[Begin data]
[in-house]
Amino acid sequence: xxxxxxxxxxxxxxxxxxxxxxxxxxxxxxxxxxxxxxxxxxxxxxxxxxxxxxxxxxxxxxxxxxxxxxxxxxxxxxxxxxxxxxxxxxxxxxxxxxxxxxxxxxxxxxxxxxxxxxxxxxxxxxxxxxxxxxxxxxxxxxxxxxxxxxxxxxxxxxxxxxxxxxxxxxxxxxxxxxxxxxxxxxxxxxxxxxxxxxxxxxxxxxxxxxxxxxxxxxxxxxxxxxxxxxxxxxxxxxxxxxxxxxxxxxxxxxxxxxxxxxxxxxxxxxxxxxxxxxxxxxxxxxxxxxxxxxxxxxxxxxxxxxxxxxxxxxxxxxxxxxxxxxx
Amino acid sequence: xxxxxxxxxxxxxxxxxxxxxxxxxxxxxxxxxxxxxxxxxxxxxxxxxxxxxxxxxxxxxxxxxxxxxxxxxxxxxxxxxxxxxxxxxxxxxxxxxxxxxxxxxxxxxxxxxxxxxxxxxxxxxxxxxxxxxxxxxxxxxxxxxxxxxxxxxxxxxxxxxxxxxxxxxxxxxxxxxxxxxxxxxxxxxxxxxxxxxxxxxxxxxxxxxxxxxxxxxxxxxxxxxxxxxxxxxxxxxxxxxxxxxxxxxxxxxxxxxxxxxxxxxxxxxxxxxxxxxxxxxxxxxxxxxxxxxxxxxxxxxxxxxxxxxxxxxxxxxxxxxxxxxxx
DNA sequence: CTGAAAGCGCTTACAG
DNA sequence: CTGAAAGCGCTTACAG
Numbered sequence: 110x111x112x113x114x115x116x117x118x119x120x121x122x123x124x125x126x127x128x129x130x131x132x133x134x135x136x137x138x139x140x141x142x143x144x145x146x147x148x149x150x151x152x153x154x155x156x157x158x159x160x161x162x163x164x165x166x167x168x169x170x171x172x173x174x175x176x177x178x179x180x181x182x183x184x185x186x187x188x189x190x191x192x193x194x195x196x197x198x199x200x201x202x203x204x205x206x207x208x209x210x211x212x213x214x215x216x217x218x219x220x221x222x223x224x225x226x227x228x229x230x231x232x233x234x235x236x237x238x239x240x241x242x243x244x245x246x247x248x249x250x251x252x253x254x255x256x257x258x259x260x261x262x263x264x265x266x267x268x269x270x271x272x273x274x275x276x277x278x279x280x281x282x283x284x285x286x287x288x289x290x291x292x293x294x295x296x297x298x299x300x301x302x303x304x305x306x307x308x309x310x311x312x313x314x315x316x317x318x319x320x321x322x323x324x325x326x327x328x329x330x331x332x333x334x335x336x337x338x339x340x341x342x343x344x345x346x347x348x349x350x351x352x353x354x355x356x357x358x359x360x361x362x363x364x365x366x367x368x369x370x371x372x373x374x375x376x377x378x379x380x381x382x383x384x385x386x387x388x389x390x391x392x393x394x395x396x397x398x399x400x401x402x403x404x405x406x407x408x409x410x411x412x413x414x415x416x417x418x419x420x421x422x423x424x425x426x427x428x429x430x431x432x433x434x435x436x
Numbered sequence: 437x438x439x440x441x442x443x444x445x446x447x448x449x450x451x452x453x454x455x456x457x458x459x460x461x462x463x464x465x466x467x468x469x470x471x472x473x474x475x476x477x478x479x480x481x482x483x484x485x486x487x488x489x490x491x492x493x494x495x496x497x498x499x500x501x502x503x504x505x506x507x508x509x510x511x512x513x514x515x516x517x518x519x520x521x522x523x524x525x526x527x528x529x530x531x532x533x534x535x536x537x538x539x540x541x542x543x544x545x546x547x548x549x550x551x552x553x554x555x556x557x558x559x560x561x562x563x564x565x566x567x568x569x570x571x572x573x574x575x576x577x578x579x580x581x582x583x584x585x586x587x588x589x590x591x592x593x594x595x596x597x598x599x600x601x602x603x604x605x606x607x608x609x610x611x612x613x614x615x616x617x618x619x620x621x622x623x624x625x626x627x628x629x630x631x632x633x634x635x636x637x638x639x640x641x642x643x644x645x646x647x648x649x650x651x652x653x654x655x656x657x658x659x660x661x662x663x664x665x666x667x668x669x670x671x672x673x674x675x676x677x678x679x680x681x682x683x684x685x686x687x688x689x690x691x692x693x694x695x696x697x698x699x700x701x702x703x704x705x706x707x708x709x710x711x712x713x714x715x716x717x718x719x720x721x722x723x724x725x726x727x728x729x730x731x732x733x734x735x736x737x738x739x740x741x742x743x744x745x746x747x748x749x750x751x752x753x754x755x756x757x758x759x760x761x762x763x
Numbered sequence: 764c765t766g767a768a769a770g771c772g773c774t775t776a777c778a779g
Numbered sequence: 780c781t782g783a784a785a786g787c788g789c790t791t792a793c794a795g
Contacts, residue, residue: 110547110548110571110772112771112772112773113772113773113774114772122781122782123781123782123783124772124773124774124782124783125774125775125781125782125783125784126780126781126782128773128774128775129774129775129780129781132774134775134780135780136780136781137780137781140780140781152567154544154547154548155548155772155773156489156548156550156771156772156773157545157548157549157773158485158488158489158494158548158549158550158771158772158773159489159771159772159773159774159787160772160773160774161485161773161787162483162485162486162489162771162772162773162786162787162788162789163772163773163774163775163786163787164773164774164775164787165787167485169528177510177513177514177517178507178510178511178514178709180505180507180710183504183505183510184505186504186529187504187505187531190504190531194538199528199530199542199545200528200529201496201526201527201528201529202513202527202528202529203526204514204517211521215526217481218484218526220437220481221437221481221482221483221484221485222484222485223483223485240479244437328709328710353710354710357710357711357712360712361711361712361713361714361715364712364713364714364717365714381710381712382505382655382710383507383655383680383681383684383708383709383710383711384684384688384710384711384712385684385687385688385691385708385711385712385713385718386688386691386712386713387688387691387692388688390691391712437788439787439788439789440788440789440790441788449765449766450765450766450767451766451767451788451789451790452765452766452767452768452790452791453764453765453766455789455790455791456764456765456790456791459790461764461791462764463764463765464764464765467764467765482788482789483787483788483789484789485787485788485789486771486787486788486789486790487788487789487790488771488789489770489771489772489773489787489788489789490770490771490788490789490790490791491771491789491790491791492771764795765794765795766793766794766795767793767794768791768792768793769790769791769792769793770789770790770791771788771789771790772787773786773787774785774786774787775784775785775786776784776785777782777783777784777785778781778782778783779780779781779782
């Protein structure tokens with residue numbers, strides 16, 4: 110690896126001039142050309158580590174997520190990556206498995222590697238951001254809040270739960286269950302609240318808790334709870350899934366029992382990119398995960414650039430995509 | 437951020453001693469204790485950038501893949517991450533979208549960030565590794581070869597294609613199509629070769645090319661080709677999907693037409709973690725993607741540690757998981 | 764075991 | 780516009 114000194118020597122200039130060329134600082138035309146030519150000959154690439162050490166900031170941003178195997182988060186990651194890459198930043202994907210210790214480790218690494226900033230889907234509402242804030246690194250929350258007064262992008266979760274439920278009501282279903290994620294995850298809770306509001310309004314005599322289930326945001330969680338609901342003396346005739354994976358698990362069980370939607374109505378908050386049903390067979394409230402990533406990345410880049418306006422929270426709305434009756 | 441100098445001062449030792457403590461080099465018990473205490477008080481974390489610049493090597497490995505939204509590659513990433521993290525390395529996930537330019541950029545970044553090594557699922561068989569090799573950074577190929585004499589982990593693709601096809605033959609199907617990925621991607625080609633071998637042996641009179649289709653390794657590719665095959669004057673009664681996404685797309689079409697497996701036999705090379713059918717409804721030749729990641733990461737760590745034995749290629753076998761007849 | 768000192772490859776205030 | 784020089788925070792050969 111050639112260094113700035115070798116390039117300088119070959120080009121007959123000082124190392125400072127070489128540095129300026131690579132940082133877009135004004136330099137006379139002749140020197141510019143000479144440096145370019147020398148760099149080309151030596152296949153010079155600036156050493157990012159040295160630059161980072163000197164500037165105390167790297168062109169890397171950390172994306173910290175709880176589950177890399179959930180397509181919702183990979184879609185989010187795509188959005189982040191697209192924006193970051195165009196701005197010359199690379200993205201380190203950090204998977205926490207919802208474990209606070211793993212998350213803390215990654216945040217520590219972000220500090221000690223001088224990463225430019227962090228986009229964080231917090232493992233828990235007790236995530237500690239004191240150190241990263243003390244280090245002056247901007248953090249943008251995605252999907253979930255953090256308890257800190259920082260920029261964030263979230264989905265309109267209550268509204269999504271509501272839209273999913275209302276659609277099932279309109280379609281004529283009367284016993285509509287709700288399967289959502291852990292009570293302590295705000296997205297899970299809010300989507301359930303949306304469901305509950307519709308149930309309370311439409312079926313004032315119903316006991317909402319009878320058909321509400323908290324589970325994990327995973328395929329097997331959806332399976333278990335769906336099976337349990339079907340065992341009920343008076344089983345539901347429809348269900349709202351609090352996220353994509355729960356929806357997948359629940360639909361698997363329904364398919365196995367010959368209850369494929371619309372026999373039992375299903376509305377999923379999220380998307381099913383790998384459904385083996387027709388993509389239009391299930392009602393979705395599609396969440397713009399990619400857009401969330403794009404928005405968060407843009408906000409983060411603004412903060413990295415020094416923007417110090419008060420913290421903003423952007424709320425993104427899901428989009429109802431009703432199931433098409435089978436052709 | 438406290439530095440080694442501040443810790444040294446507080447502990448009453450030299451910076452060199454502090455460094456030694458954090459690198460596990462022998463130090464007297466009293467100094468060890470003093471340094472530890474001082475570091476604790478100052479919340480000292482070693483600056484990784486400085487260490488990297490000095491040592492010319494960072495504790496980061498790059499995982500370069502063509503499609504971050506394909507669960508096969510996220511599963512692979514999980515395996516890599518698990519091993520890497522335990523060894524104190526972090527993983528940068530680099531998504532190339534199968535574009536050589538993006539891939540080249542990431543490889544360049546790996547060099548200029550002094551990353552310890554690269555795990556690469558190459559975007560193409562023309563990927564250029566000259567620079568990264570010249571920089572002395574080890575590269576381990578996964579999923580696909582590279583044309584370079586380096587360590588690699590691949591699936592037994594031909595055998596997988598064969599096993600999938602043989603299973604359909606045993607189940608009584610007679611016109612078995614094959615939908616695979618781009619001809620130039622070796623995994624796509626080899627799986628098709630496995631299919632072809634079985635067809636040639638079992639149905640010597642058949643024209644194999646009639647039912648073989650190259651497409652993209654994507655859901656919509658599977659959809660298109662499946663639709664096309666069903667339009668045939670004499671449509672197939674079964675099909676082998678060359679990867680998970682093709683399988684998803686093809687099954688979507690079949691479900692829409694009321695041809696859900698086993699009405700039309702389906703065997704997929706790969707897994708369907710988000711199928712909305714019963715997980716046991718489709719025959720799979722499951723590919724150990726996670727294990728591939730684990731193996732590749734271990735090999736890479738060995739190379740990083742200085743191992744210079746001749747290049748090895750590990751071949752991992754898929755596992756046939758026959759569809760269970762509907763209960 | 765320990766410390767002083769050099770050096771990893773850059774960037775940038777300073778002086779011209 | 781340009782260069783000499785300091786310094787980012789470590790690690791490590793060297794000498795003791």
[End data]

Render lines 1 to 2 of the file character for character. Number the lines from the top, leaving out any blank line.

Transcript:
[in-house]
Amino acid sequence: xxxxxxxxxxxxxxxxxxxxxxxxxxxxxxxxxxxxxxxxxxxxxxxxxxxxxxxxxxxxxxxxxxxxxxxxxxxxxxxxxxxxxxxxxxxxxxxxxxxxxxxxxxxxxxxxxxxxxxxxxxxxxxxxxxxxxxxxxxxxxxxxxxxxxxxxxxxxxxxxxxxxxxxxxxxxxxxxxxxxxxxxxxxxxxxxxxxxxxxxxxxxxxxxxxxxxxxxxxxxxxxxxxxxxxxxxxxxxxxxxxxxxxxxxxxxxxxxxxxxxxxxxxxxxxxxxxxxxxxxxxxxxxxxxxxxxxxxxxxxxxxxxxxxxxxxxxxxxxxxxxxxxxx